Re: Date is Incomplete - database application software and database theory

From: mountain man <>
Date: Wed, 19 May 2004 08:41:44 GMT
Message-ID: <c5Fqc.47229$>

"Alfredo Novoa" <> wrote in message
> On Mon, 17 May 2004 13:56:53 GMT, "mountain man"
> <> wrote:
> >> Applications depend on the data management approach
> >> but the contrary is not true.
> >
> >The modern database systems management paradigm turns
> >a blind eye to the applications environment
> As it should be. Theory should not be limited by the current
> technology. Theory is the basis for future technology.

The theory needs to address current technology. Current technology allows application data objects, in fact promotes these, but the RM theory does not address this.

Current technology is the stepping stone to future technology.

> >> The application's development world failed in its adaptation to the
> >> modern data management "paradigm. That's all.
> >
> >It's easy to point a finger in the other direction, but in
> >the final analysis examination of contributing causes to
> >the current state of the nation includes the "paradigm"
> >and its incompleteness.
> Only in your personal analysis, and I am afraid it is very wrong.

Well I have not yet received any form of logical reason why the analysis is wrong, so I am unlikely to alter it.

> >Database systems theory has not evolved to benefit from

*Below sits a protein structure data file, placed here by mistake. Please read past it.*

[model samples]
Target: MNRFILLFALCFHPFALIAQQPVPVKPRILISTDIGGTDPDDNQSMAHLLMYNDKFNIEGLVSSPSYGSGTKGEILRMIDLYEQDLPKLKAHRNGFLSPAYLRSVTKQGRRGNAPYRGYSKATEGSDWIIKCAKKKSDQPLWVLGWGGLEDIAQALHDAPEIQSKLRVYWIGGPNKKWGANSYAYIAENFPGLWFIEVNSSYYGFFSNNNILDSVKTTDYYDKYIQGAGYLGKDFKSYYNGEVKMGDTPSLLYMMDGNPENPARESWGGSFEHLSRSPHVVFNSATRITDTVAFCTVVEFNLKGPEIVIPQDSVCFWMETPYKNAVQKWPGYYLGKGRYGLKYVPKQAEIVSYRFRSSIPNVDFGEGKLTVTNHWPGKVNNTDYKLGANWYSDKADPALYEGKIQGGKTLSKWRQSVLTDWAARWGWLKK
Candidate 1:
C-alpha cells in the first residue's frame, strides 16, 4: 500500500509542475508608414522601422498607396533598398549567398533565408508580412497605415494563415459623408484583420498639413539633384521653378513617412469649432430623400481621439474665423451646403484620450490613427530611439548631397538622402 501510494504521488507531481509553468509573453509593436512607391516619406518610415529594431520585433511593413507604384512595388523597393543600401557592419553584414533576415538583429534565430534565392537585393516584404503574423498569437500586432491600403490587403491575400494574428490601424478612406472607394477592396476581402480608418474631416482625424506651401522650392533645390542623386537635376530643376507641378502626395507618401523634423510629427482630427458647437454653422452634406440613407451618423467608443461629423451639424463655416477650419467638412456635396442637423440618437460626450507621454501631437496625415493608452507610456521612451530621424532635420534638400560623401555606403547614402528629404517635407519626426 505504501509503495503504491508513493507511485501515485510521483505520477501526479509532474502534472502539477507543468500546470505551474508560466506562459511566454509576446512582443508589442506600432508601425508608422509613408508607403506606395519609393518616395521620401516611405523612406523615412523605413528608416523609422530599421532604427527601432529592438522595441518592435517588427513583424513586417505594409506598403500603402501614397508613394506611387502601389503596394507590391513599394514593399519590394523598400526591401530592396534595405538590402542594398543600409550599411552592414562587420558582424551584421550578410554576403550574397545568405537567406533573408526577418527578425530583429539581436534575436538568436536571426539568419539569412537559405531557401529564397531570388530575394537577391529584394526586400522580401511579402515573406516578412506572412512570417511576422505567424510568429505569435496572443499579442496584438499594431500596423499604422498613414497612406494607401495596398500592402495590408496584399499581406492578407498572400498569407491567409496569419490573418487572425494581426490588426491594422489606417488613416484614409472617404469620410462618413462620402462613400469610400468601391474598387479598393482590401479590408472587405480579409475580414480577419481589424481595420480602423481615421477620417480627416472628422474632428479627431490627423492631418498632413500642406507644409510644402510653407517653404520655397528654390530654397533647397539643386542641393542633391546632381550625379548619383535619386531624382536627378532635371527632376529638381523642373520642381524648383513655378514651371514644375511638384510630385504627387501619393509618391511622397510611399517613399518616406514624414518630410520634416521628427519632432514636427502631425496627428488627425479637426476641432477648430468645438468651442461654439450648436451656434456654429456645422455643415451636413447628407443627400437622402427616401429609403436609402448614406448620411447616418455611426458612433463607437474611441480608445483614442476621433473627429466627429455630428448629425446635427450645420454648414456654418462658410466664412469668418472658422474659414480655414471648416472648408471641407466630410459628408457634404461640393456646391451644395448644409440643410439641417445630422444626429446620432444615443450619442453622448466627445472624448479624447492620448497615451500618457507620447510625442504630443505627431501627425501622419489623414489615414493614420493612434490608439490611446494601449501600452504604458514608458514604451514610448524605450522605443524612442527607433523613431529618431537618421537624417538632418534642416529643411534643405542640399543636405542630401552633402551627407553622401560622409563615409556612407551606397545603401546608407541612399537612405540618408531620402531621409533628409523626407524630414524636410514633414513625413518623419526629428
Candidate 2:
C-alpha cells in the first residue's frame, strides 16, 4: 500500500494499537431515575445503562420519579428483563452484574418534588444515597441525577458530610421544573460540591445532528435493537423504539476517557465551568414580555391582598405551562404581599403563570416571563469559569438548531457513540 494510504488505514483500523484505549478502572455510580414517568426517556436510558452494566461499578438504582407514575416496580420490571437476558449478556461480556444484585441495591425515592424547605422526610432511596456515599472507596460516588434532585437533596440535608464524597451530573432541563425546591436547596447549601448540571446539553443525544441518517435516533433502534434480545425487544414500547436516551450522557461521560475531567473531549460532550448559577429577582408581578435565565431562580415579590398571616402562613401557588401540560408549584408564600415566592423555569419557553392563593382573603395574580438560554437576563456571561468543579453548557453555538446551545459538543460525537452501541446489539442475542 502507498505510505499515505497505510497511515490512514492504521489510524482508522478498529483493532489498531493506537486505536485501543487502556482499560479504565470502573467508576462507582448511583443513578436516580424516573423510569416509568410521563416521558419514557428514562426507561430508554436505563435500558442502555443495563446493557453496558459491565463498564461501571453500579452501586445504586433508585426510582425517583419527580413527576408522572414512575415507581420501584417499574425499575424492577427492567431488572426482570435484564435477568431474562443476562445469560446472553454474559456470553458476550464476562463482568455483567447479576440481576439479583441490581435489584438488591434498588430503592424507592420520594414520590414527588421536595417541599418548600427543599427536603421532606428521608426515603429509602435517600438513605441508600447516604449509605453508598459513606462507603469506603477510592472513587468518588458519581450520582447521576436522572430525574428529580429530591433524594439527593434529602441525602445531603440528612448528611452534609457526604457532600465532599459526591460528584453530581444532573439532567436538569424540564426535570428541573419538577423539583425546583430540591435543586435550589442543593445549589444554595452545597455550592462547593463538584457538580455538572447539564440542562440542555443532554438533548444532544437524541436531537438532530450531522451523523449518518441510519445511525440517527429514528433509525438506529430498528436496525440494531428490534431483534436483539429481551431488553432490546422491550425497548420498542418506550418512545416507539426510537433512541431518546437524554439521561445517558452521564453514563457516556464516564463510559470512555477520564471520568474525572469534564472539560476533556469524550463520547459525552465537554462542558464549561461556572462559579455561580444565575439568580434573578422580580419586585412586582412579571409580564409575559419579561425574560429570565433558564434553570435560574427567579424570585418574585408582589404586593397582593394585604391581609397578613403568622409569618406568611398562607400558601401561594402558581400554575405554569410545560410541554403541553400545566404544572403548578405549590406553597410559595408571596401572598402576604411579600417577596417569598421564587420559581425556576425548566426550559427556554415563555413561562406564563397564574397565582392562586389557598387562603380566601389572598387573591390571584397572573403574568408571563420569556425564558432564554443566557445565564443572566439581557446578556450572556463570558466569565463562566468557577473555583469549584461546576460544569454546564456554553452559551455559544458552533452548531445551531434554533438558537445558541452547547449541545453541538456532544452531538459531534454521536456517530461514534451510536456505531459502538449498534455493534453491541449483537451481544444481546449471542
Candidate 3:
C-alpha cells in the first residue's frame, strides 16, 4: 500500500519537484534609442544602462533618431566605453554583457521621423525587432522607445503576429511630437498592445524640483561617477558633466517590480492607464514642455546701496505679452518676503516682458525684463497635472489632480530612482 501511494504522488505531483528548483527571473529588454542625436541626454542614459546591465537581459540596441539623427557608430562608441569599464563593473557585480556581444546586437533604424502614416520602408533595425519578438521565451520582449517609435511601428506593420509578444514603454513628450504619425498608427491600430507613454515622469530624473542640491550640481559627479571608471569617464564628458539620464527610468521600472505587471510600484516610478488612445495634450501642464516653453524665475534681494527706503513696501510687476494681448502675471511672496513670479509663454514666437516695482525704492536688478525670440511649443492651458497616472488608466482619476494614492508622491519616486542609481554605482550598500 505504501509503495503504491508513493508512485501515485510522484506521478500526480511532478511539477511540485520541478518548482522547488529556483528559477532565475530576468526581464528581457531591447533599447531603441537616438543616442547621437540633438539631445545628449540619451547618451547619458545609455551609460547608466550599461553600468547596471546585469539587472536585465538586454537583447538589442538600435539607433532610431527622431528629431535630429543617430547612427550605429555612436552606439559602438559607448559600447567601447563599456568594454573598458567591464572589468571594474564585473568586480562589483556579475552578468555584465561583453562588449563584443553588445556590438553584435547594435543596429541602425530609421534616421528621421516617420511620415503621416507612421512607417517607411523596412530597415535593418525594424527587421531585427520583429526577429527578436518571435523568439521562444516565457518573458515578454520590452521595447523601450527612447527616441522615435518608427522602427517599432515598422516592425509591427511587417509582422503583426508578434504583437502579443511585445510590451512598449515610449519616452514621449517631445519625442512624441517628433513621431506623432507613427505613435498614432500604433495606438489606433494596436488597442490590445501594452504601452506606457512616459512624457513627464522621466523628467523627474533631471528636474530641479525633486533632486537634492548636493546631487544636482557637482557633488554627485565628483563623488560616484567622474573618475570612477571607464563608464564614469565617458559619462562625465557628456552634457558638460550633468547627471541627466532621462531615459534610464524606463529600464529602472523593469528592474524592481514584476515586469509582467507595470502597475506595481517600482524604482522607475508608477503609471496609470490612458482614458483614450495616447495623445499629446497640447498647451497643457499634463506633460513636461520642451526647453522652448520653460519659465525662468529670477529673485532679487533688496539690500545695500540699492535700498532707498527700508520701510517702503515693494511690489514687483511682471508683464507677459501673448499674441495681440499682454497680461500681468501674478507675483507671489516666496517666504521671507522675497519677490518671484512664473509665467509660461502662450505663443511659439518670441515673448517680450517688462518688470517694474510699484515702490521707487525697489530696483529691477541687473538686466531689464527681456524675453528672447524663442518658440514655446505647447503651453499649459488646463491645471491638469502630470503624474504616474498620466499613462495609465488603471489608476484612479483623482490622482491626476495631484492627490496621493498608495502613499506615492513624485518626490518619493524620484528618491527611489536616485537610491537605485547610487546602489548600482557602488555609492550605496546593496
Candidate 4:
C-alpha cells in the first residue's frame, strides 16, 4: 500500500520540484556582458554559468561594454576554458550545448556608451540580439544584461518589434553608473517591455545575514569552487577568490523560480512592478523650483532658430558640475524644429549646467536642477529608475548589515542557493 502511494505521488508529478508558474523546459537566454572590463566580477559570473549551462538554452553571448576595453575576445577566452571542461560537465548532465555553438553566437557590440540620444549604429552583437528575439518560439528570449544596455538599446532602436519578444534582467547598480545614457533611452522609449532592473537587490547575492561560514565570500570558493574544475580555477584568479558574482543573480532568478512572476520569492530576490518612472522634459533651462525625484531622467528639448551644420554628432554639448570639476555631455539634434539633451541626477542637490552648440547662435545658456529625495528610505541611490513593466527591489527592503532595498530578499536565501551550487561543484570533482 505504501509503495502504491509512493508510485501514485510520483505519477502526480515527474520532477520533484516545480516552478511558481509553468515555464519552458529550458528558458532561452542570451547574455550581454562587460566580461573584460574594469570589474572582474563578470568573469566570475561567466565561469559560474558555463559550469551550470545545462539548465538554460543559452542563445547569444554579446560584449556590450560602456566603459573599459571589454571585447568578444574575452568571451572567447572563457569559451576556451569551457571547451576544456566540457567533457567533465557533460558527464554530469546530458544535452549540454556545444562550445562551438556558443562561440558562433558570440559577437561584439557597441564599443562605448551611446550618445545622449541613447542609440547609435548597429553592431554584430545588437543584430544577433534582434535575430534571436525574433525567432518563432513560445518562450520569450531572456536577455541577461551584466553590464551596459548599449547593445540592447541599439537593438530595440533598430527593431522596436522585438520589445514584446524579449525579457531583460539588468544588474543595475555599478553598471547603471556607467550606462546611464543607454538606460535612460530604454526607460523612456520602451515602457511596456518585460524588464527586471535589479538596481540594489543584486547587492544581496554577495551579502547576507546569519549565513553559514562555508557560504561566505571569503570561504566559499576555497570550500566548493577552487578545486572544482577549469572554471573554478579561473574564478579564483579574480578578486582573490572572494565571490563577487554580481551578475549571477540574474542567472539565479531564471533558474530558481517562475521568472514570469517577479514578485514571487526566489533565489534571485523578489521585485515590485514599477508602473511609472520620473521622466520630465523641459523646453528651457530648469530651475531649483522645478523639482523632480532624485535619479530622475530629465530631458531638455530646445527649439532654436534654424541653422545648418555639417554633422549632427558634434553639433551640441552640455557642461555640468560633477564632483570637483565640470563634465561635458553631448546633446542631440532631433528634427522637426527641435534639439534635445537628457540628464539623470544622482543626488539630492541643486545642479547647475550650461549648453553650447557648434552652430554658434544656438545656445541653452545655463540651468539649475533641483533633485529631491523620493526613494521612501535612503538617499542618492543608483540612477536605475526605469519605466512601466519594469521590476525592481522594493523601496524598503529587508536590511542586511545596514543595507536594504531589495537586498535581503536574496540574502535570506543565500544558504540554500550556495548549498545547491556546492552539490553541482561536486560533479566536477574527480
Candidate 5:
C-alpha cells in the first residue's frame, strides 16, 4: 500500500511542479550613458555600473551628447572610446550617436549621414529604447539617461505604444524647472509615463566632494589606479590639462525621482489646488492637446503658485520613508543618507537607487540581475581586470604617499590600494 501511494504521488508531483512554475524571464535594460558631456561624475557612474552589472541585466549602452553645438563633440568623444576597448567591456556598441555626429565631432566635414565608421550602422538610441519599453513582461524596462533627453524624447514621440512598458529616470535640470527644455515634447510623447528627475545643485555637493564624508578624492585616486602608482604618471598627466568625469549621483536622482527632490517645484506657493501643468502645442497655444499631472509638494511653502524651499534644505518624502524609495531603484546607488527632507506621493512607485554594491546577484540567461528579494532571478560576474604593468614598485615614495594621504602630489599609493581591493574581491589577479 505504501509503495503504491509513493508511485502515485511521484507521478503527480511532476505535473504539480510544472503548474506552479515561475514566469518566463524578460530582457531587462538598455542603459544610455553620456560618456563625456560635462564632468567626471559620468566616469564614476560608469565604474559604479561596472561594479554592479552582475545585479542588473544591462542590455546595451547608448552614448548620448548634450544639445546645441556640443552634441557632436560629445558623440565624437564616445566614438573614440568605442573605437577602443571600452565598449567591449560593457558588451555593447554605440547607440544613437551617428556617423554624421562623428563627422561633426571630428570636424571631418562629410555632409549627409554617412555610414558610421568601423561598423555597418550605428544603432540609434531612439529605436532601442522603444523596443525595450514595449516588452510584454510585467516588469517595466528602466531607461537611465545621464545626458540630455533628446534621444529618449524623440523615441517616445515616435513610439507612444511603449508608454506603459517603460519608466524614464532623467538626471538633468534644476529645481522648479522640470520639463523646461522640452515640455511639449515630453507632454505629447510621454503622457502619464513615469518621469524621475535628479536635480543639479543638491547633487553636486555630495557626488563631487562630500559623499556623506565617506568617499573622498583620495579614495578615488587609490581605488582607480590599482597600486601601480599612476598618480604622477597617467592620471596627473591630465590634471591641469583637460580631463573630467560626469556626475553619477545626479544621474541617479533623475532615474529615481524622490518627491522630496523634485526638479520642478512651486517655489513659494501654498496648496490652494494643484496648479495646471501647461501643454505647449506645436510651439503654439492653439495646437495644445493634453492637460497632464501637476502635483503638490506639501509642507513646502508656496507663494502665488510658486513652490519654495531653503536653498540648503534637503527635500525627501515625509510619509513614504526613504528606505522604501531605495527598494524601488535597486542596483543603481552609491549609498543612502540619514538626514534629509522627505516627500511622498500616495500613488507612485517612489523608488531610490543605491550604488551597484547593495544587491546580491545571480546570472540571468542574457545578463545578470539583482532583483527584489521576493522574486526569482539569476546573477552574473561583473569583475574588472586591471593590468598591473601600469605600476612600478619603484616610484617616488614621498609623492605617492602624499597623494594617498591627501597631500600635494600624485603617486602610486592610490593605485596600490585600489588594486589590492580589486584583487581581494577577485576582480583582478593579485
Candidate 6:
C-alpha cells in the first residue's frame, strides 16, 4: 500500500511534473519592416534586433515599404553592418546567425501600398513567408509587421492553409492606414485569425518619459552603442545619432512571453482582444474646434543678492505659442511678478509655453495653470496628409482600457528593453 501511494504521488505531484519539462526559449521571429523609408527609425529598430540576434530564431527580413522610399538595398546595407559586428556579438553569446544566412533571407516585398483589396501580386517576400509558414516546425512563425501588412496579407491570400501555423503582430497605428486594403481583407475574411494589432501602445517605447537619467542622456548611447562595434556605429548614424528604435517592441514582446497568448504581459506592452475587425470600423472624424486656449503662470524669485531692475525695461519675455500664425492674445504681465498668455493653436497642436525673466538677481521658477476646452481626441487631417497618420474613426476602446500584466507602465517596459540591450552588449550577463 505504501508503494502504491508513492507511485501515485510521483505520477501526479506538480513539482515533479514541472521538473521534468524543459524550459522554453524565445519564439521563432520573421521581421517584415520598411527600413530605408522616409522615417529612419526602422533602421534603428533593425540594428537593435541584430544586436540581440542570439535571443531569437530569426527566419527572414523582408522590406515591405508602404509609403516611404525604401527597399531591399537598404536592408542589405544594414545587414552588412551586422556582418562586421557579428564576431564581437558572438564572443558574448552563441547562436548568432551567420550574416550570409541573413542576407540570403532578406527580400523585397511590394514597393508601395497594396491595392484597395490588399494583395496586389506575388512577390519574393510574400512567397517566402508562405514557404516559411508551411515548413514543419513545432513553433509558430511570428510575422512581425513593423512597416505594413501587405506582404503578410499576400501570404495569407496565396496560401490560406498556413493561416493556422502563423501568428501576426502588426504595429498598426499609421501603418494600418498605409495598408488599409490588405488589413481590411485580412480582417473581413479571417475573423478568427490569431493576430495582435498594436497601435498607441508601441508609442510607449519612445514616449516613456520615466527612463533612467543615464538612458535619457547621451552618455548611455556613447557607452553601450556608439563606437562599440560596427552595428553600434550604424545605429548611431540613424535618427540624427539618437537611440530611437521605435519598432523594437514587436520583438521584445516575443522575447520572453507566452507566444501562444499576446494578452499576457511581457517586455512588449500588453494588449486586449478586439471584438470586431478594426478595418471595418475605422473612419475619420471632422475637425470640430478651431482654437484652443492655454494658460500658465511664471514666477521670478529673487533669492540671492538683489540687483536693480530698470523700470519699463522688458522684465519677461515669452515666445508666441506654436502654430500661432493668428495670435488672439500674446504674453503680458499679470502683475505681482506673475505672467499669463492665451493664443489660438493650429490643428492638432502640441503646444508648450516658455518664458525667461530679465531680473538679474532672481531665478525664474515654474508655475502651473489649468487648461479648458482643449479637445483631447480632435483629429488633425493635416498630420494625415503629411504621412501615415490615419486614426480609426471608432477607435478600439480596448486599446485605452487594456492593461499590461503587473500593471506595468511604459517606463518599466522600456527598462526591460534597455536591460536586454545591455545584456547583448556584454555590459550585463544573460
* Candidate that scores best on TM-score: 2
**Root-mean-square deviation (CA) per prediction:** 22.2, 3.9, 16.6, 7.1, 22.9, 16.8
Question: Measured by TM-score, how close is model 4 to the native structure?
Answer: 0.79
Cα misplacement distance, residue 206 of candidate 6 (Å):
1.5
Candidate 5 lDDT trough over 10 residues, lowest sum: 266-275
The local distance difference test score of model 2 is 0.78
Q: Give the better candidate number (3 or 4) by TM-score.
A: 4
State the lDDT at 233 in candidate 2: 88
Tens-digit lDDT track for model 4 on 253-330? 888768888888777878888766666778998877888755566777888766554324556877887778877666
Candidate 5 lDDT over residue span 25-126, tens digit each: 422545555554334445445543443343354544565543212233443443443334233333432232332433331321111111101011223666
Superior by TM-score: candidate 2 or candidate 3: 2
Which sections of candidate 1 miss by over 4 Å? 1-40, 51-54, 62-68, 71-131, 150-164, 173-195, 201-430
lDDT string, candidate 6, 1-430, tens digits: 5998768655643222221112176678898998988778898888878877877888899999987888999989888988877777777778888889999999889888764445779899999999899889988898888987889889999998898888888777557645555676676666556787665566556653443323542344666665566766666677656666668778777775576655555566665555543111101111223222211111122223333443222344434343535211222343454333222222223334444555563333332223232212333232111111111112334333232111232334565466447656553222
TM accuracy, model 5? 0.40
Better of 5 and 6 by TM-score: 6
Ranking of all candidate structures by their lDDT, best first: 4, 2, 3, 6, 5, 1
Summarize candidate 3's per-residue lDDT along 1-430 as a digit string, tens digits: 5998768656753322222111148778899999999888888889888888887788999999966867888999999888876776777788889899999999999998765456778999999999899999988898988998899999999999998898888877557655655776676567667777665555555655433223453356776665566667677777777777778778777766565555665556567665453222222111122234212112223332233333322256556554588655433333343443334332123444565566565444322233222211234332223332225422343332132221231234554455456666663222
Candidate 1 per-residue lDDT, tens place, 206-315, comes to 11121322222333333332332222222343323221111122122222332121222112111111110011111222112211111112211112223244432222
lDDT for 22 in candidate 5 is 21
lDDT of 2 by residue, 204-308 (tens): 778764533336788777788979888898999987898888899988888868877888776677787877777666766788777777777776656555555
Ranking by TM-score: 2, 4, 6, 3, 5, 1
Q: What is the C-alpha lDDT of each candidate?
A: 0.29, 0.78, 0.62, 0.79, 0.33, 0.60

> >the management now available through modern database
> >systems.
> ???
> To benefit from what?
> Modern database systems are the SQL DBMSs. A bastardized
> implementation of modern data management theory.

Your opinion does not reflect the increasing trends of investment in these machines since 1979.

And as I have pointed out before, the current data management theory is not modern, it is decades old. It reflects a practice that went out of date 25 years ago.

> It does not make any sense to say that data management theory has not
> evolved to benefit from the poor management now avaiable through
> bastardized implementations of such theory.

See above. It makes perfect sense.

> >It expresses a 1970's database/application
> >dichotomy
> 1960's and it is DBMS not database.


> >, which is unwholesome and unwarranted
> >and totally and completely unrealistic to the facts of
> >operation, administration and management of database
> >systems today.
> Nonsenses. The division between applications and DBMS's is a perfecty
> valid principle now.

This assertion fails to understand the nature of RDBMS stored procedures: application system components totally defined within the RDBMS.

> It is as valid as the ancient "divide and
> conquer" principle, and a derivation of it.

Yeah, it is barbaric.

> What don't you like in such division?

It is out of date.

Pete Brown
Falls Creek
Oz Received on Wed May 19 2004 - 10:41:44 CEST

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